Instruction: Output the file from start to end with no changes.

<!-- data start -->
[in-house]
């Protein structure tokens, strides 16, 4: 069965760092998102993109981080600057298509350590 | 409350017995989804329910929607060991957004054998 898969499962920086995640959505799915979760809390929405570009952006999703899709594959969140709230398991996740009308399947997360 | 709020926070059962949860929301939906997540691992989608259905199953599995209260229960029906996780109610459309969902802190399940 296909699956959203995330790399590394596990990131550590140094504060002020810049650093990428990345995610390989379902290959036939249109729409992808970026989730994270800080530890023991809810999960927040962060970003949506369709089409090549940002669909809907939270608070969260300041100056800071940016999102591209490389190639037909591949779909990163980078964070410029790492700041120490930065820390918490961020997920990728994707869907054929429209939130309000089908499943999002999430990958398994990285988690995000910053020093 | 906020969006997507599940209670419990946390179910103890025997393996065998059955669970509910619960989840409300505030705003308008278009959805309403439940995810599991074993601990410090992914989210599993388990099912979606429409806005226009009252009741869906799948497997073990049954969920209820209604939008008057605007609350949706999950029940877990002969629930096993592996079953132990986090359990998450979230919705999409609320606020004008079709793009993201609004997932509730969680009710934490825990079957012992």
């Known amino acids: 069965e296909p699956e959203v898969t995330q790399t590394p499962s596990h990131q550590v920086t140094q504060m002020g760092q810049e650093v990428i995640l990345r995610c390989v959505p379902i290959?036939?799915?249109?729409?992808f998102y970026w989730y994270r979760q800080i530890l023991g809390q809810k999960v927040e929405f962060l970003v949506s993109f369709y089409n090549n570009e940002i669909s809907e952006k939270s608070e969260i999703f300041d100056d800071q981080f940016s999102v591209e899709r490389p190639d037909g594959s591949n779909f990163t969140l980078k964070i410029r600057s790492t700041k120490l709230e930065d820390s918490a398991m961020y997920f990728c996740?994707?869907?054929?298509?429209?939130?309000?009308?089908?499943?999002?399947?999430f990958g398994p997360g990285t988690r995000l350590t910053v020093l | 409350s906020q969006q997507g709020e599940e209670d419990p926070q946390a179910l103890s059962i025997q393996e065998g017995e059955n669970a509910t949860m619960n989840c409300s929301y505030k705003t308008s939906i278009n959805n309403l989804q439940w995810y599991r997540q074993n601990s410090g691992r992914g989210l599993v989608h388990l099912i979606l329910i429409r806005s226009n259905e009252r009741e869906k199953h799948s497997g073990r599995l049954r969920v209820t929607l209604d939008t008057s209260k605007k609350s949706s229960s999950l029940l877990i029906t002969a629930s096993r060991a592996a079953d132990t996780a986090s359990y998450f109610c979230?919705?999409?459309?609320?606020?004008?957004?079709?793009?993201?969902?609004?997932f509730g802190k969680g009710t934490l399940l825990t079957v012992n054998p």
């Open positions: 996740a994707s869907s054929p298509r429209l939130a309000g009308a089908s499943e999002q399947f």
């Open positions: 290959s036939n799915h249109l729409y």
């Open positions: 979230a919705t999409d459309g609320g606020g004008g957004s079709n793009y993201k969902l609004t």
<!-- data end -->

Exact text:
[in-house]
């Protein structure tokens, strides 16, 4: 069965760092998102993109981080600057298509350590 | 409350017995989804329910929607060991957004054998 898969499962920086995640959505799915979760809390929405570009952006999703899709594959969140709230398991996740009308399947997360 | 709020926070059962949860929301939906997540691992989608259905199953599995209260229960029906996780109610459309969902802190399940 296909699956959203995330790399590394596990990131550590140094504060002020810049650093990428990345995610390989379902290959036939249109729409992808970026989730994270800080530890023991809810999960927040962060970003949506369709089409090549940002669909809907939270608070969260300041100056800071940016999102591209490389190639037909591949779909990163980078964070410029790492700041120490930065820390918490961020997920990728994707869907054929429209939130309000089908499943999002999430990958398994990285988690995000910053020093 | 906020969006997507599940209670419990946390179910103890025997393996065998059955669970509910619960989840409300505030705003308008278009959805309403439940995810599991074993601990410090992914989210599993388990099912979606429409806005226009009252009741869906799948497997073990049954969920209820209604939008008057605007609350949706999950029940877990002969629930096993592996079953132990986090359990998450979230919705999409609320606020004008079709793009993201609004997932509730969680009710934490825990079957012992």
């Known amino acids: 069965e296909p699956e959203v898969t995330q790399t590394p499962s596990h990131q550590v920086t140094q504060m002020g760092q810049e650093v990428i995640l990345r995610c390989v959505p379902i290959?036939?799915?249109?729409?992808f998102y970026w989730y994270r979760q800080i530890l023991g809390q809810k999960v927040e929405f962060l970003v949506s993109f369709y089409n090549n570009e940002i669909s809907e952006k939270s608070e969260i999703f300041d100056d800071q981080f940016s999102v591209e899709r490389p190639d037909g594959s591949n779909f990163t969140l980078k964070i410029r600057s790492t700041k120490l709230e930065d820390s918490a398991m961020y997920f990728c996740?994707?869907?054929?298509?429209?939130?309000?009308?089908?499943?999002?399947?999430f990958g398994p997360g990285t988690r995000l350590t910053v020093l | 409350s906020q969006q997507g709020e599940e209670d419990p926070q946390a179910l103890s059962i025997q393996e065998g017995e059955n669970a509910t949860m619960n989840c409300s929301y505030k705003t308008s939906i278009n959805n309403l989804q439940w995810y599991r997540q074993n601990s410090g691992r992914g989210l599993v989608h388990l099912i979606l329910i429409r806005s226009n259905e009252r009741e869906k199953h799948s497997g073990r599995l049954r969920v209820t929607l209604d939008t008057s209260k605007k609350s949706s229960s999950l029940l877990i029906t002969a629930s096993r060991a592996a079953d132990t996780a986090s359990y998450f109610c979230?919705?999409?459309?609320?606020?004008?957004?079709?793009?993201?969902?609004?997932f509730g802190k969680g009710t934490l399940l825990t079957v012992n054998p």
């Open positions: 996740a994707s869907s054929p298509r429209l939130a309000g009308a089908s499943e999002q399947f």
């Open positions: 290959s036939n799915h249109l729409y």
């Open positions: 979230a919705t999409d459309g609320g606020g004008g957004s079709n793009y993201k969902l609004t």